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Subscribers Berate Cable TV Firm Over FM Loss : Media: At Laguna meeting, Dimension official says it's impossible to offer the service while providing all the channels now required by the federal government.


LAGUNA BEACH — About 50 cable subscribers upset over losing their FM service got a chance to air their grievances to Dimension Cable officials Thursday night.

Although cable officials promised to expand the number of FM stations available on a service that requires a monthly fee, some customers didn't leave the city cable committee meeting happy.

Heidi Lemon said she used to get FM stations as far away as New York City.

"I listen to FM all the time. . . . It's a tremendous loss," she said.

City officials said they have received almost 100 complaints, which is "probably more than we've gotten from any other issue that I can remember," said Deputy City Manager Rob Clark.

Jim Otto, who owns a Laguna Beach record store, said dozens of people have talked to him about the loss of FM reception.

"Everyone seems to be very upset," he said. "Dimension's reaction seems to be, 'Go buy an antenna,' which won't help most people."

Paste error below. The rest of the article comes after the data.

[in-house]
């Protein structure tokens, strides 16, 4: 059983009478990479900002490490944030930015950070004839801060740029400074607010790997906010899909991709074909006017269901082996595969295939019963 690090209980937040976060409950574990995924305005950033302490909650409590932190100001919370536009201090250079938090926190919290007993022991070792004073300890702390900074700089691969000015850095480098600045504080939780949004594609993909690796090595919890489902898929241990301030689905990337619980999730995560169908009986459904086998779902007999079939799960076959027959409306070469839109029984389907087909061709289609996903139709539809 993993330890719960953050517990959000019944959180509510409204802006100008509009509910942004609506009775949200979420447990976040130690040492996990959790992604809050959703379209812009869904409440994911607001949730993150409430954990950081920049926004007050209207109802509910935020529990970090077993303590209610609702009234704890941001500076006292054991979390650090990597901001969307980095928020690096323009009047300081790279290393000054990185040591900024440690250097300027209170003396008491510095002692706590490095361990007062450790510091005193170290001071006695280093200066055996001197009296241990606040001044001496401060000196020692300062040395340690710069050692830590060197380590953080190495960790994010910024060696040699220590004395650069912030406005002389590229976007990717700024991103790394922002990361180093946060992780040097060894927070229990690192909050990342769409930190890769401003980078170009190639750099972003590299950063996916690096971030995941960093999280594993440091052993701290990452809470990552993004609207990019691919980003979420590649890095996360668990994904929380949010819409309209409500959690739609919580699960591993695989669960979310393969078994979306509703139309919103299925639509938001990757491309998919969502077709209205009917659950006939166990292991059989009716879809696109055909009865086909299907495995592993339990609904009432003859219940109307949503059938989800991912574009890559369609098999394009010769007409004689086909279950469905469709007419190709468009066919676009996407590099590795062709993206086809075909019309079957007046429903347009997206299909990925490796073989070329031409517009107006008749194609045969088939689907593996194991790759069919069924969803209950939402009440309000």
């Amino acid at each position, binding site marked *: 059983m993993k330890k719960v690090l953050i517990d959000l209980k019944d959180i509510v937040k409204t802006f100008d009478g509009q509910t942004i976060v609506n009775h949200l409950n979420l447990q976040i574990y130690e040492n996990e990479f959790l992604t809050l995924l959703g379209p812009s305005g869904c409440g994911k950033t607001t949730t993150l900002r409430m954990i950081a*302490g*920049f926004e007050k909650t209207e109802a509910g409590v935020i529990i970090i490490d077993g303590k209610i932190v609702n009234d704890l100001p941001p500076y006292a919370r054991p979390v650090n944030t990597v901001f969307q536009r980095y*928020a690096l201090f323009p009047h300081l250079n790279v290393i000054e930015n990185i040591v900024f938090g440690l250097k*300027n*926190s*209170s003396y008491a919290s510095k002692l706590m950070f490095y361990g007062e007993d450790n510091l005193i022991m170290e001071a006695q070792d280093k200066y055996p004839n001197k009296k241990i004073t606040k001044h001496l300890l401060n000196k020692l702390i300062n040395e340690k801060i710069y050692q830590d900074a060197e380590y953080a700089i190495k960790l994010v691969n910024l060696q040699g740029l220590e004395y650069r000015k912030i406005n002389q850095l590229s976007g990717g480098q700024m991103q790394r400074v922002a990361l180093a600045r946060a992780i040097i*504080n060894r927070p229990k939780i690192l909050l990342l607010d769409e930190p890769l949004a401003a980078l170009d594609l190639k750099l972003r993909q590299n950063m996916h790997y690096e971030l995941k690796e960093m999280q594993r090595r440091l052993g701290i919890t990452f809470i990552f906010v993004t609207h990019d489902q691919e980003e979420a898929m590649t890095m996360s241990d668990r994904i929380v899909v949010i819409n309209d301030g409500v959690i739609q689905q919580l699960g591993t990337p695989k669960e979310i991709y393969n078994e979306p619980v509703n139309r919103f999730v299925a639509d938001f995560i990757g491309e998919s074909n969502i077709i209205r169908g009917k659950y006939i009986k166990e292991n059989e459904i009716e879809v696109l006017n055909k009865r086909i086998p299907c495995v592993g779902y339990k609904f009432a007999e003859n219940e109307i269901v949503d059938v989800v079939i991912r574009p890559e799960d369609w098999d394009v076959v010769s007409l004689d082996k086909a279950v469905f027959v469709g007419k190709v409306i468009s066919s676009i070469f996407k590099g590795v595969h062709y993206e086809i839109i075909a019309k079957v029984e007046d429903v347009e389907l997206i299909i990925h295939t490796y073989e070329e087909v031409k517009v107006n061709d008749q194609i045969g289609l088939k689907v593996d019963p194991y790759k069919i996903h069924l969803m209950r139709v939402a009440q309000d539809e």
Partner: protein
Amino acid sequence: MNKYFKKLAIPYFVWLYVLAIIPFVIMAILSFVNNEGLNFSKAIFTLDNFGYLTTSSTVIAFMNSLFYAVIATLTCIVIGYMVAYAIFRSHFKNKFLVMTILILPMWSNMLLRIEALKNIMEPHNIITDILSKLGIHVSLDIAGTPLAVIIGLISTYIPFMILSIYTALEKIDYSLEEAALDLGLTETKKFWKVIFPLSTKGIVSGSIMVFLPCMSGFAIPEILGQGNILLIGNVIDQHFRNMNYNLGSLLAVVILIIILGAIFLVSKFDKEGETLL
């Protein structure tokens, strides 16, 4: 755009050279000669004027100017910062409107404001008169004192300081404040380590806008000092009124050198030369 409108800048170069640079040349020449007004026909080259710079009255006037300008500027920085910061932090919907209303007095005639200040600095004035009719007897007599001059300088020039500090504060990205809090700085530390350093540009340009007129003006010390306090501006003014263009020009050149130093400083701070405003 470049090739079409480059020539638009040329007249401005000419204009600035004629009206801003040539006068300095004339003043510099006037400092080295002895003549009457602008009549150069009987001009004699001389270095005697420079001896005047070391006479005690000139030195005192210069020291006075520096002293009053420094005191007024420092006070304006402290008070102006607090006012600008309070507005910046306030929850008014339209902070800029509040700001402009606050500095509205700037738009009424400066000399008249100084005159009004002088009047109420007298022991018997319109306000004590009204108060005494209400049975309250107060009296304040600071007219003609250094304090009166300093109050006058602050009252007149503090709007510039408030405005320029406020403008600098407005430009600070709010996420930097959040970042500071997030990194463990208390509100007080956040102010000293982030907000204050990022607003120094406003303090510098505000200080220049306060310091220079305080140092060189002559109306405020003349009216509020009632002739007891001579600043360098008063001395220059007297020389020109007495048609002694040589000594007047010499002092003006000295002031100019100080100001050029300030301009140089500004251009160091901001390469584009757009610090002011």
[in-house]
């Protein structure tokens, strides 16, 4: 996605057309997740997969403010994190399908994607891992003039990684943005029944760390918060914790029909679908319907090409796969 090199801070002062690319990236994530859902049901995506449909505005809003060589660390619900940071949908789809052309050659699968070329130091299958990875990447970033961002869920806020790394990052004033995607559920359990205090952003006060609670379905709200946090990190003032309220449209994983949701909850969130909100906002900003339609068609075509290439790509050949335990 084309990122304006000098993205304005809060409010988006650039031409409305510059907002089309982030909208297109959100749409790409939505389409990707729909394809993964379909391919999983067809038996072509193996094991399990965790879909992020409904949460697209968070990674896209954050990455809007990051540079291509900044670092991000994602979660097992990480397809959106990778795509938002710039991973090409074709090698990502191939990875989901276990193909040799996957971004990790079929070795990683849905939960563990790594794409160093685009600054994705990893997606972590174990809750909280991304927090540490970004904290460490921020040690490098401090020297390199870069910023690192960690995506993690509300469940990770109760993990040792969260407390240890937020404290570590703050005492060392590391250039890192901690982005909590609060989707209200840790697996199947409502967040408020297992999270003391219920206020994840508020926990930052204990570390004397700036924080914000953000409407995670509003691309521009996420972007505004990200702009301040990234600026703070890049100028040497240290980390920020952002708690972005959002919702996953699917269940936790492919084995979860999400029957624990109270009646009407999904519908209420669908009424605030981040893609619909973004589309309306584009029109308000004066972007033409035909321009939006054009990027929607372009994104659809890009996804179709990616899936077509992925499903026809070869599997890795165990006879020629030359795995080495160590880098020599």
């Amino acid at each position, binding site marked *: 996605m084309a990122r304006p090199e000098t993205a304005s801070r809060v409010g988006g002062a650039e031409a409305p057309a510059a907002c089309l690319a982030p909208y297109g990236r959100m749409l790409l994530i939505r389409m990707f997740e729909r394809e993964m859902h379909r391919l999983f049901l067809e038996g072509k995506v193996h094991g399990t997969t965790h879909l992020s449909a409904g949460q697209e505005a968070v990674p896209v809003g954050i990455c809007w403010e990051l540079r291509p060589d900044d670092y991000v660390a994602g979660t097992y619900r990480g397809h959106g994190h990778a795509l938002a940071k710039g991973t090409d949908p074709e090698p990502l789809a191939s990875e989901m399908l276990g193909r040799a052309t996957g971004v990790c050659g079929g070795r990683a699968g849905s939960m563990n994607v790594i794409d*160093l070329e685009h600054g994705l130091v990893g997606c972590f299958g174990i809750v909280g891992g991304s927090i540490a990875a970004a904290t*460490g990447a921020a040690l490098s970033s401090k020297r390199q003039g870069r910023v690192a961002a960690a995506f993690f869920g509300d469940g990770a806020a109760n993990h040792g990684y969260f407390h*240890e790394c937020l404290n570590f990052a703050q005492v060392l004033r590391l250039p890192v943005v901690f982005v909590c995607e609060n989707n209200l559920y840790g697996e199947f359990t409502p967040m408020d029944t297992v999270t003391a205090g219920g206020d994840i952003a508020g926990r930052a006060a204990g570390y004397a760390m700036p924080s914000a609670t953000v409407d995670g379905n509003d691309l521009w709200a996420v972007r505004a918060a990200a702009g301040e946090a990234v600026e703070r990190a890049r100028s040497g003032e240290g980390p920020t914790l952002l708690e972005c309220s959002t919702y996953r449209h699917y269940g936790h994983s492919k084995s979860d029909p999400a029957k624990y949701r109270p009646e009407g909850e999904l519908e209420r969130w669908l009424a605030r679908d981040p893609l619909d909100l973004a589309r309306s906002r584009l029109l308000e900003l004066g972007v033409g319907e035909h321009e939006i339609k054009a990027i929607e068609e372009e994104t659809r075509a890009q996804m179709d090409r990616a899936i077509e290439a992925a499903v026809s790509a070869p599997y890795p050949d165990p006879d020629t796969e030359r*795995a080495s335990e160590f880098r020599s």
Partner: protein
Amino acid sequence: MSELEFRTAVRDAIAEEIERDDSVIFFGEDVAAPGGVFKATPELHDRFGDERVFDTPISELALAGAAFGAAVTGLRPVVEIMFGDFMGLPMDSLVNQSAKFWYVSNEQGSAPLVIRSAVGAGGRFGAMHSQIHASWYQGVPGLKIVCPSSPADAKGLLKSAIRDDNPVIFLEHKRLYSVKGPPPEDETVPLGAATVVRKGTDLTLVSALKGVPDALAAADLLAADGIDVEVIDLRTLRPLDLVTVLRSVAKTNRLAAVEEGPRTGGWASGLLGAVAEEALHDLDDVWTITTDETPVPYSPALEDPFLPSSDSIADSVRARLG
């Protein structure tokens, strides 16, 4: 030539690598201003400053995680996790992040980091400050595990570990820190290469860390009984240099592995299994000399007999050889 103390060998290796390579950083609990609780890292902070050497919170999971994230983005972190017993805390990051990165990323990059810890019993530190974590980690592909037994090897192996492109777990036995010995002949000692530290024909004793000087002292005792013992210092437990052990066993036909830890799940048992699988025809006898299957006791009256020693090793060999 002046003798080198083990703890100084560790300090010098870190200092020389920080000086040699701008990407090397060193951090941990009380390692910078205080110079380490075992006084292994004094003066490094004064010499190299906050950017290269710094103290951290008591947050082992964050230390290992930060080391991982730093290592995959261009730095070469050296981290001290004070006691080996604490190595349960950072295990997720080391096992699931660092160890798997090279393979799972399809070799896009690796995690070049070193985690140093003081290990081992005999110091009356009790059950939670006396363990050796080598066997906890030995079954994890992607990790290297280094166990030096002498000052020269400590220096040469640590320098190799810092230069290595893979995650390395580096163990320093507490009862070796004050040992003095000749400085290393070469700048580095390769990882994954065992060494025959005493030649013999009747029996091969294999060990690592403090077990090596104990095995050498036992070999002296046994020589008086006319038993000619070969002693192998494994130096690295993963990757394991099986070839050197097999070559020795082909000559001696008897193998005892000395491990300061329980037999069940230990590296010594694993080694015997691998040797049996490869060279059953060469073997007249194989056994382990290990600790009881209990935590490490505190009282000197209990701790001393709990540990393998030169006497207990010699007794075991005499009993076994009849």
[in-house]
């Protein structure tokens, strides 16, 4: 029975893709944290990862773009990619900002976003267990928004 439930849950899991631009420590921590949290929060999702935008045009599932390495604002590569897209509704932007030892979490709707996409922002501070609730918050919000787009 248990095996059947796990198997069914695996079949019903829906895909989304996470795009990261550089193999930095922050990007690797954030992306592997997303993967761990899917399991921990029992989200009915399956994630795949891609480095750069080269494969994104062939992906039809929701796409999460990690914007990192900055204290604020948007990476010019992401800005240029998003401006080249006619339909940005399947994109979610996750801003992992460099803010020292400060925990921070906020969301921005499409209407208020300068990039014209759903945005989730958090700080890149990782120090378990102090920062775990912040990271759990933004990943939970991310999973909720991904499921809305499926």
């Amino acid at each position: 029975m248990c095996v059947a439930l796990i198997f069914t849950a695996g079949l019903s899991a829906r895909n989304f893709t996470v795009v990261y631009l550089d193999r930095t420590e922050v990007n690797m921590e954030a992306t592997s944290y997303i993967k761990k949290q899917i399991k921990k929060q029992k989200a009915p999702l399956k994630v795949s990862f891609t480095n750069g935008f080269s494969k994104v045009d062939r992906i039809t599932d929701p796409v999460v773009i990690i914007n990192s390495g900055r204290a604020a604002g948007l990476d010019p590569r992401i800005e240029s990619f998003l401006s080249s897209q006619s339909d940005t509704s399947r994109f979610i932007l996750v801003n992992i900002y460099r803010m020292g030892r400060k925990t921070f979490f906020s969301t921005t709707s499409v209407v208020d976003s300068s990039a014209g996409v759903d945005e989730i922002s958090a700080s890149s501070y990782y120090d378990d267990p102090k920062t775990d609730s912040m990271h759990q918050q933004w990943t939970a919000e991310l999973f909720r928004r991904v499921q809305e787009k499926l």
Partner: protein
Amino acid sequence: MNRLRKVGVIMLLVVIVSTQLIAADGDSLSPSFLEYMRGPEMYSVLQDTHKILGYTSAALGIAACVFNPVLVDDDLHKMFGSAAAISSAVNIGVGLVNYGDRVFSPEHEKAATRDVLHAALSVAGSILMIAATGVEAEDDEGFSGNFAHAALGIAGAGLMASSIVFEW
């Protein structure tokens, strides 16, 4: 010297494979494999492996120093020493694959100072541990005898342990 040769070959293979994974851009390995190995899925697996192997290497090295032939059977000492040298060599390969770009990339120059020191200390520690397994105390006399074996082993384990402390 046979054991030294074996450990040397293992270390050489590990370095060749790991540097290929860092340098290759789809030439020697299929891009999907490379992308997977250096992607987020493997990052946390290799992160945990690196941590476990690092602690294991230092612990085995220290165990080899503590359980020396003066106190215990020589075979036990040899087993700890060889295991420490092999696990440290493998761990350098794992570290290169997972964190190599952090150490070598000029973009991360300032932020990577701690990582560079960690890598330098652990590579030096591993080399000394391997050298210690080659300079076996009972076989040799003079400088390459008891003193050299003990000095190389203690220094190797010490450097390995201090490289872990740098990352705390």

Radios throughout most of the city fell silent on Aug. 30, when Dimension replaced two cable channels that were carrying FM reception with local television channels, as required by a 1992 federal law. Altogether, six federally mandated stations have been added to Dimension's 55-channel lineup since June.

"There is no way we can offer both FM and the new signals that we have to offer," said Dimension General Manager Leo Brennan.

Dimension officials also said a majority of Laguna Beach could bring in 20 to 30 FM stations with the addition of a $16-per-household antenna.

Dimension Cable is owned by Times Mirror Co., which publishes The Times, and serves 140,000 customers in Orange County.

Clark said Laguna Beach's cable contract doesn't give the city any rights to interfere with Dimension's channel lineup. However, members of the City Council are meeting with cable officials and have called for a study to determine how much of the city is affected.

"I think it is purely a financial decision on their part," Otto said. "I think if people do a lot of yelling and write to the FCC, it's going to affect Dimension."

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